- The ability to work with network addresses on application layer resulted in applications embedding IP addresses in application data. We need application-level gateways in firewalls and address translators to deal with each application individually.
TCP stack lacks session layer, bringing some very smart application designers to a point where they implemented a zeroth-order approximation within the web browser. Alternatives have been available for years, but never got properly implemented, because it was easier to push the problem down the stack.
- High availability requirements have to be solved with network-layer multihoming, resulting in exploding routing tables or added layers of complexity like LISP.
- Session state has to be preserved across failures of stateful devices (firewalls, load balancers). BTW, the existence of stateful devices within the network is a kludge by itself.
- Network-layer kludges within the host operating systems are used to implement IP mobility – it would be so much easier if the session layer could consistently reconnect the application session after an IP address change.
- VM mobility (where usual IP mobility techniques cannot be used because they require host stack support) requires large layer-2 domains or complex routing tricks.
- Every RPC-like solution implements its own directory service that uses dynamic TCP ports in a way that’s impossible to filter with simple packet filters.
In general, security is an afterthought and someone else’s problem. If we’d have semi-secure operating systems and applications, applications using few well-known TCP/UDP ports instead of a hodgepodge of unknown dynamic ports, and "securing my product is my responsibility" attitude, we wouldn’t need complex (and/or next-generation) firewalls.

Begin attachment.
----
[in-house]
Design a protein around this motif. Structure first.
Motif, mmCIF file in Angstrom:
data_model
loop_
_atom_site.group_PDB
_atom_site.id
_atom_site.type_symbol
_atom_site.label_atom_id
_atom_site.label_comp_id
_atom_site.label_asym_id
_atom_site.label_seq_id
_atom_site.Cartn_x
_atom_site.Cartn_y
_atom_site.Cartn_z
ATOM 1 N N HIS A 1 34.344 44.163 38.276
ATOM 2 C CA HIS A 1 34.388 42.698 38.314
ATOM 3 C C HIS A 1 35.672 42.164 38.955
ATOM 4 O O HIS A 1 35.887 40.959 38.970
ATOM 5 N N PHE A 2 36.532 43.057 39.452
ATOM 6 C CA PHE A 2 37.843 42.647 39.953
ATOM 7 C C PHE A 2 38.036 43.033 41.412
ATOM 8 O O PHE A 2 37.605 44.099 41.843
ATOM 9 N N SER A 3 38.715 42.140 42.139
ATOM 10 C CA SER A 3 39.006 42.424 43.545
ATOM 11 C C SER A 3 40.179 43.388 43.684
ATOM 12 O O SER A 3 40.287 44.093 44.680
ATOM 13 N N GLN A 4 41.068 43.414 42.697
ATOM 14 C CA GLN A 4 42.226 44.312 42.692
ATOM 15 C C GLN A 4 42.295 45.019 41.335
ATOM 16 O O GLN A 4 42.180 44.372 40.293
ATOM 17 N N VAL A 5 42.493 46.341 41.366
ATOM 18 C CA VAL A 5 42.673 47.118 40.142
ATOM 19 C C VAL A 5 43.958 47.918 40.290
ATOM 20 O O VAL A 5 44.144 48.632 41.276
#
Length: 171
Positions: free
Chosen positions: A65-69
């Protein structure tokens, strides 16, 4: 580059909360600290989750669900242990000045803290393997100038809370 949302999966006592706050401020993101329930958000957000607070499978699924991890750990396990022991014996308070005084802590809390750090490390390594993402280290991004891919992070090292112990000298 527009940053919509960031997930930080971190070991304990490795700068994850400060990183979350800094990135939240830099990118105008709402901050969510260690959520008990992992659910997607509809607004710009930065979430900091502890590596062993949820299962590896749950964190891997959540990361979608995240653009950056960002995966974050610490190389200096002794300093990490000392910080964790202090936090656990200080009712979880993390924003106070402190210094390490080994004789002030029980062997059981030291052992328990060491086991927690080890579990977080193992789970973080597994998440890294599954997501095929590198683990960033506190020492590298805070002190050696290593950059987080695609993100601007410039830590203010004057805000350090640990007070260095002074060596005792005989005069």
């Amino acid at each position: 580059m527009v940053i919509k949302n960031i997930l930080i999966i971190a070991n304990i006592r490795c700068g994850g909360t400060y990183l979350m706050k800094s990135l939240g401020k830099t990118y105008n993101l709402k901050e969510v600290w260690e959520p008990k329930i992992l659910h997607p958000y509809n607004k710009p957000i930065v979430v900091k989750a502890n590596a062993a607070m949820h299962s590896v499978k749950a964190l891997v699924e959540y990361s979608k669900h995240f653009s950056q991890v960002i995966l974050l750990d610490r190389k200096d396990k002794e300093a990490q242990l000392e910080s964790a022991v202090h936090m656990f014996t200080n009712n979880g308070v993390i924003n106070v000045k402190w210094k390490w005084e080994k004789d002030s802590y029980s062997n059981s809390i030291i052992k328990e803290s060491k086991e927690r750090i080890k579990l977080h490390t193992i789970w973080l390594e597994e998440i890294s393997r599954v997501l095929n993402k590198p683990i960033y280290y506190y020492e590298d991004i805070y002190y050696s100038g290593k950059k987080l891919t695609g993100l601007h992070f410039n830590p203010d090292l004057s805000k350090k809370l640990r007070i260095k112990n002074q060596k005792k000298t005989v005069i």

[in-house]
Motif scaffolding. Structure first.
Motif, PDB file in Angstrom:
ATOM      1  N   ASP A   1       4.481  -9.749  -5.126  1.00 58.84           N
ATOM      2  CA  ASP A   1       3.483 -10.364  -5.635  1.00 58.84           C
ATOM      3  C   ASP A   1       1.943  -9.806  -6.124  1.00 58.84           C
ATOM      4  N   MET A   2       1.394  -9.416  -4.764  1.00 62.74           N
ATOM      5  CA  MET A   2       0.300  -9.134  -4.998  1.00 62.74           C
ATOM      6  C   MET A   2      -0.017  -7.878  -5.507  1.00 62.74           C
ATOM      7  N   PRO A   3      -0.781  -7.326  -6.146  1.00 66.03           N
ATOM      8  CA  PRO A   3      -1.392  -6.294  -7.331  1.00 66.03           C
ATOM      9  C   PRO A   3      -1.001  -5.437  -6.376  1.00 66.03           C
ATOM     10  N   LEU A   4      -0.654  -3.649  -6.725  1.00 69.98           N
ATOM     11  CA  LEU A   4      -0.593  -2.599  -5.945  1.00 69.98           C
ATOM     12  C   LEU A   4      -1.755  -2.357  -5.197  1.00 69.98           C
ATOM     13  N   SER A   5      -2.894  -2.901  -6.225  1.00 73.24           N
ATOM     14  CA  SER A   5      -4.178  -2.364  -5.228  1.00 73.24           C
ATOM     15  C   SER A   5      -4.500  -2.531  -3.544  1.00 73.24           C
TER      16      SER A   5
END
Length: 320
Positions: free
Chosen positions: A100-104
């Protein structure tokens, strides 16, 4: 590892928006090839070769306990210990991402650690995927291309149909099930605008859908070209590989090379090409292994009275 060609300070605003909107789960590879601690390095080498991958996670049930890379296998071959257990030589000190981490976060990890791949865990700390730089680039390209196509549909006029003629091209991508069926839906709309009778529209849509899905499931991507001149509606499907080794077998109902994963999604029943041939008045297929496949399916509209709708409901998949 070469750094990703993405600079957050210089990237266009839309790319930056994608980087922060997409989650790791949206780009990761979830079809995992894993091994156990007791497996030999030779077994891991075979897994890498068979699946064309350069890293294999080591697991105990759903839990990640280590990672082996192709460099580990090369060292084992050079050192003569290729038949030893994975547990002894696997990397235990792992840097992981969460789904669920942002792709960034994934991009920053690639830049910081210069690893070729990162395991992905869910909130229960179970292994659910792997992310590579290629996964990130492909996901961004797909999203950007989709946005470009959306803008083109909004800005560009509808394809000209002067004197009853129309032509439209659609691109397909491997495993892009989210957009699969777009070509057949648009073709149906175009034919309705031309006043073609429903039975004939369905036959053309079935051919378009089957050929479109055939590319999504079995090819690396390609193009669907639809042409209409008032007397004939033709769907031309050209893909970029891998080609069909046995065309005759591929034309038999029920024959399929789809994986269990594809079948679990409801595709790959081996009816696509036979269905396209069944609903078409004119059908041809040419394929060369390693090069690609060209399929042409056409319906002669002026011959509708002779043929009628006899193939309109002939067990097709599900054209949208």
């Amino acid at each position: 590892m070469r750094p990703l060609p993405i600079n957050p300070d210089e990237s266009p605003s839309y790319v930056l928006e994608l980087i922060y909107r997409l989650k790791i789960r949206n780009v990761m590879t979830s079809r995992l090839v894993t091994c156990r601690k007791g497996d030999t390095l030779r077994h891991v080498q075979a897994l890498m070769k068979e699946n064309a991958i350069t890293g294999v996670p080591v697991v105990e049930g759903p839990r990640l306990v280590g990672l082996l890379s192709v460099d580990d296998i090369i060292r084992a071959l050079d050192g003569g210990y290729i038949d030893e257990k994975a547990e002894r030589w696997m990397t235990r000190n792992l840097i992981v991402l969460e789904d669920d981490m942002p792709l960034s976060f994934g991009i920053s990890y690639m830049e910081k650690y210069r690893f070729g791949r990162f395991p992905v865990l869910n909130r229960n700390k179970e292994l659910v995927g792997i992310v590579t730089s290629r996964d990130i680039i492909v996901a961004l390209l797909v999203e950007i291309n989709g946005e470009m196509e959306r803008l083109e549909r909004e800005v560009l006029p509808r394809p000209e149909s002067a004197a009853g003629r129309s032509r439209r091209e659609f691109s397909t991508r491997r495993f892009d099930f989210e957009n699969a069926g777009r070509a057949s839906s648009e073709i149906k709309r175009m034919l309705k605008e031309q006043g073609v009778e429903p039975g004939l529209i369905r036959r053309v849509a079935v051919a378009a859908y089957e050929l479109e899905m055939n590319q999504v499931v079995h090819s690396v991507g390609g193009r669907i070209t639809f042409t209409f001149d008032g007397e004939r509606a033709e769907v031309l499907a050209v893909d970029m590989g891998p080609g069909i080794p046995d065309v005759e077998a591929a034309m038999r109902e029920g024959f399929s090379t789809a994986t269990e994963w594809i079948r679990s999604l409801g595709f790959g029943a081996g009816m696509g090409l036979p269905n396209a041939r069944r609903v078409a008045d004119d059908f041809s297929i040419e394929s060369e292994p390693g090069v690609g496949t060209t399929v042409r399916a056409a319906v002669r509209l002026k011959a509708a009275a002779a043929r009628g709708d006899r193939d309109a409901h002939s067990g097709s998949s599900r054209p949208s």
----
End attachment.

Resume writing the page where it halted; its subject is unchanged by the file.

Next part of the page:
To summarize: with properly architected TCP/IP stack (I doubt I’ll live long enough to see it) we wouldn’t need large layer-2 domains (and FabricPath, TRILL, SPB, EVB, VEPA ...), load balancers, application-level gateways, 500K entries in global BGP table (and in TCAM of every core router) or LISP. TCP is really the most expensive part of your data center.
Also note that I’m not blaming the original architects of TCP/IP. They were designing the TCP/IP stack more than 30 years ago for a totally different and less demanding environment, and they did a great job considering the compute and bandwidth constraints they were facing. I’m blaming everyone who pretended there was no problem (including the total absence of results of the TCPng working group), or who tried to benefit by exploiting the ****-shoveling activities (example: every networking vendor peddling long-distance layer-2 solutions).
Finally, if you happen to be a CIO getting the “network OPEX is too high” advices from your M-level consultants and reading my blog and you got this far (and I’m an eternal optimist, so I hope the intersection is a non-empty set) – you might save more (in the long term) by helping the networking team simplify the network than by buying next-generation point-and-click tool that will hide ever-increasing complexity with another layer of eye candy.
After all, while it might be OK for the laptop support group to reformat your laptop when they can no longer cope with the increasing complexity of desktop operating systems, reformatting the network usually isn’t an option.